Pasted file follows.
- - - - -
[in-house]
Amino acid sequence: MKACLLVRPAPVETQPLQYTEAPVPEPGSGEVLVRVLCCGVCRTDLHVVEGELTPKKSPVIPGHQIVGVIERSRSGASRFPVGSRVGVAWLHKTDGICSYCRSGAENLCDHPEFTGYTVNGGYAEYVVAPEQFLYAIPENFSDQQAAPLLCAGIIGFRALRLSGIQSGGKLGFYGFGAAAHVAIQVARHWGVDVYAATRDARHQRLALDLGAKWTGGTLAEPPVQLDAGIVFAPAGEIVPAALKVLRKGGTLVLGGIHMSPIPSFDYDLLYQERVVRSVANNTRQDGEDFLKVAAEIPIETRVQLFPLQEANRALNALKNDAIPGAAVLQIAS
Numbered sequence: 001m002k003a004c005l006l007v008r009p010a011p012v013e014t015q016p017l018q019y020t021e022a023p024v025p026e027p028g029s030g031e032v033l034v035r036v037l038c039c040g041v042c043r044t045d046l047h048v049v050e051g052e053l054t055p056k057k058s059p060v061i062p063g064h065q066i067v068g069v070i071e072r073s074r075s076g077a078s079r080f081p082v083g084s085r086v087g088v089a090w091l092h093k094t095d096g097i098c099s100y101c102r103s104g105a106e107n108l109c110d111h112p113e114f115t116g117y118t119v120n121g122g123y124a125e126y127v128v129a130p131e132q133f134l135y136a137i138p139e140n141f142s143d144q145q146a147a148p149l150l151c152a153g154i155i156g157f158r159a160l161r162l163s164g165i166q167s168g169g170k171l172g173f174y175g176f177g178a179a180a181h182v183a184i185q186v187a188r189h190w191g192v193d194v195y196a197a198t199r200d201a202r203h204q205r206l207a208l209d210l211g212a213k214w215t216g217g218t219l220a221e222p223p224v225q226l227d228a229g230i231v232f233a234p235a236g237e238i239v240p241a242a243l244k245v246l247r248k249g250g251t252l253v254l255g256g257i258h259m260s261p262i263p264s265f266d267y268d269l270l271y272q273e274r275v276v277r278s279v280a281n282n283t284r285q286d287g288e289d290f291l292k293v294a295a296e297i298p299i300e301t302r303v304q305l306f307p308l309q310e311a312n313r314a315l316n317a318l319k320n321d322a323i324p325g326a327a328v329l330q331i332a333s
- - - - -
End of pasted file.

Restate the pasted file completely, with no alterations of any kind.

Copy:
[in-house]
Amino acid sequence: MKACLLVRPAPVETQPLQYTEAPVPEPGSGEVLVRVLCCGVCRTDLHVVEGELTPKKSPVIPGHQIVGVIERSRSGASRFPVGSRVGVAWLHKTDGICSYCRSGAENLCDHPEFTGYTVNGGYAEYVVAPEQFLYAIPENFSDQQAAPLLCAGIIGFRALRLSGIQSGGKLGFYGFGAAAHVAIQVARHWGVDVYAATRDARHQRLALDLGAKWTGGTLAEPPVQLDAGIVFAPAGEIVPAALKVLRKGGTLVLGGIHMSPIPSFDYDLLYQERVVRSVANNTRQDGEDFLKVAAEIPIETRVQLFPLQEANRALNALKNDAIPGAAVLQIAS
Numbered sequence: 001m002k003a004c005l006l007v008r009p010a011p012v013e014t015q016p017l018q019y020t021e022a023p024v025p026e027p028g029s030g031e032v033l034v035r036v037l038c039c040g041v042c043r044t045d046l047h048v049v050e051g052e053l054t055p056k057k058s059p060v061i062p063g064h065q066i067v068g069v070i071e072r073s074r075s076g077a078s079r080f081p082v083g084s085r086v087g088v089a090w091l092h093k094t095d096g097i098c099s100y101c102r103s104g105a106e107n108l109c110d111h112p113e114f115t116g117y118t119v120n121g122g123y124a125e126y127v128v129a130p131e132q133f134l135y136a137i138p139e140n141f142s143d144q145q146a147a148p149l150l151c152a153g154i155i156g157f158r159a160l161r162l163s164g165i166q167s168g169g170k171l172g173f174y175g176f177g178a179a180a181h182v183a184i185q186v187a188r189h190w191g192v193d194v195y196a197a198t199r200d201a202r203h204q205r206l207a208l209d210l211g212a213k214w215t216g217g218t219l220a221e222p223p224v225q226l227d228a229g230i231v232f233a234p235a236g237e238i239v240p241a242a243l244k245v246l247r248k249g250g251t252l253v254l255g256g257i258h259m260s261p262i263p264s265f266d267y268d269l270l271y272q273e274r275v276v277r278s279v280a281n282n283t284r285q286d287g288e289d290f291l292k293v294a295a296e297i298p299i300e301t302r303v304q305l306f307p308l309q310e311a312n313r314a315l316n317a318l319k320n321d322a323i324p325g326a327a328v329l330q331i332a333s